A Superior Court judge will not deliver his sentence for two former Hamilton paramedics convicted of Yosif Al-Hasnawi’s death until the new year.
Steven Snively and Christopher Marchant were found guilty of failing to provide for Al-Hasnawi’s life when they responded to the scene of a shooting near the Al-Mustafa Islamic Center in downtown Hamilton on December 2, 2017.
The 19-year-old was shot while coming to the aid of an older man who was being approached by two younger men, one of whom was found not guilty of second-degree murder in 2019, although the Crown is appealing that verdict.
In June, Judge Harrison Arrell delivered his guilty verdict on Snively and Marchant, who were tried by only one judge in a trial that lasted for several weeks in late 2020 and early 2021.
Arrell found that the paramedics displayed a “deviation” from the standards of care and did not follow through on his training, delaying getting him to the hospital and not taking him to the local trauma center that would have had a better chance of saving his life.
Crown seeks 2.5-year sentence for Hamilton paramedics convicted of Yosif Al-Hasnawi’s death
On Tuesday, the second day of a two-day sentencing hearing for the couple, the court set a sentencing date for January 18, 2022.
A day earlier, the court heard that the Crown is seeking a two-and-a-half-year prison sentence for Snively and Marchant.
Defense attorneys Michael DelGobbo and Jeff Manishen are asking for a six- to nine-month suspended sentence for Snively and Marchant, plus a period of probation and 100 hours of community service.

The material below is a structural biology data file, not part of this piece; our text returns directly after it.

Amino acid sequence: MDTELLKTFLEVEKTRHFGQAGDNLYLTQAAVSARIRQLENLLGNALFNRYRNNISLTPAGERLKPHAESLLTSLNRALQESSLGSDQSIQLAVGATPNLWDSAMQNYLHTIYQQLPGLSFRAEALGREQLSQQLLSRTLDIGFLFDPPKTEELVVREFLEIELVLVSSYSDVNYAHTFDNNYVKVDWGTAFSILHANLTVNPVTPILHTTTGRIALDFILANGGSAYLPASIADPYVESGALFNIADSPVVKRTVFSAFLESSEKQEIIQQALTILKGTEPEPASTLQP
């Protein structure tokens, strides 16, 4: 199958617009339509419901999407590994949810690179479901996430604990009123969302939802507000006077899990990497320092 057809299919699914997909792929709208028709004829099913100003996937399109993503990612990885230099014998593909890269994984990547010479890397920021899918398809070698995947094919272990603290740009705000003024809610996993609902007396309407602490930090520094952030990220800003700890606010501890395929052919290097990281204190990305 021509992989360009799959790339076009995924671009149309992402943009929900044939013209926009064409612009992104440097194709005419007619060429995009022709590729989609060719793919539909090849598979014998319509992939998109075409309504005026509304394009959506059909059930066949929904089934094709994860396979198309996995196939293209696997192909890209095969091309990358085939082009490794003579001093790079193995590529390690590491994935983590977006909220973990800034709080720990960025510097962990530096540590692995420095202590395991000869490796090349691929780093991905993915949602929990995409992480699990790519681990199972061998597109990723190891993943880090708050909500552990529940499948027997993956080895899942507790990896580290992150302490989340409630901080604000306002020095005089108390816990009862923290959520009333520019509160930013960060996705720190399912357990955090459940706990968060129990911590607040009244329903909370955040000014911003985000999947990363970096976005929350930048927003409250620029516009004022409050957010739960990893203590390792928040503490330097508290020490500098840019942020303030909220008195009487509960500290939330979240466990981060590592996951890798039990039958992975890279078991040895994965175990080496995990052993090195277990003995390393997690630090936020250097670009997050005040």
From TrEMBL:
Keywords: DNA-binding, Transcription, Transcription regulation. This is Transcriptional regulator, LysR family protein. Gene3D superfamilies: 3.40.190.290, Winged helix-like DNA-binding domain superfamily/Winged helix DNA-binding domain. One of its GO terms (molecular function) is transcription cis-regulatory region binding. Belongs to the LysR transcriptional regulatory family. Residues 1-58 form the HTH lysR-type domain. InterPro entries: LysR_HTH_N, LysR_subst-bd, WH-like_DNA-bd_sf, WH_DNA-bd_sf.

Crown attorney Linda Shin argued Monday that paramedics “robbed Yosif of his only chance of survival and caused his death” by not following his training, suggesting that Judge Arrell should consider homicide an aggravating factor in your sentence.
Snively and Marchant were not charged with involuntary manslaughter and that was not a factor considered during the multi-week trial, but the Penal Code allows crimes not charged to be considered in specific circumstances.
Hamilton man ‘not guilty’ of Yosif Al-Hasnawi’s death
Manishen argued against that suggestion Tuesday, saying it would be “problematic” and “fundamentally unfair” to consider homicide at sentencing if it were not a component of the trial and conviction.
He added that Marchant and Snively honestly believed that Al-Hasnawi’s injury was caused by a compressed air pistol and that it was not as serious as it turned out, and that the “dark and chaotic scene” may have impeded his judgment.
Both Manishen and DelGobbo also argued that what happened the night Al-Hasnawi died was an anomaly in their respectable careers as paramedics and that their actions should not result in their being sentenced to prison.
The defense said both paramedics have suffered significant financial costs and are dealing with the repercussions of media coverage of the trial, which will affect their future employment opportunities.
Two Ontario paramedics charged in the Good Samaritan’s death
© 2021 Global News, a division of Corus Entertainment Inc.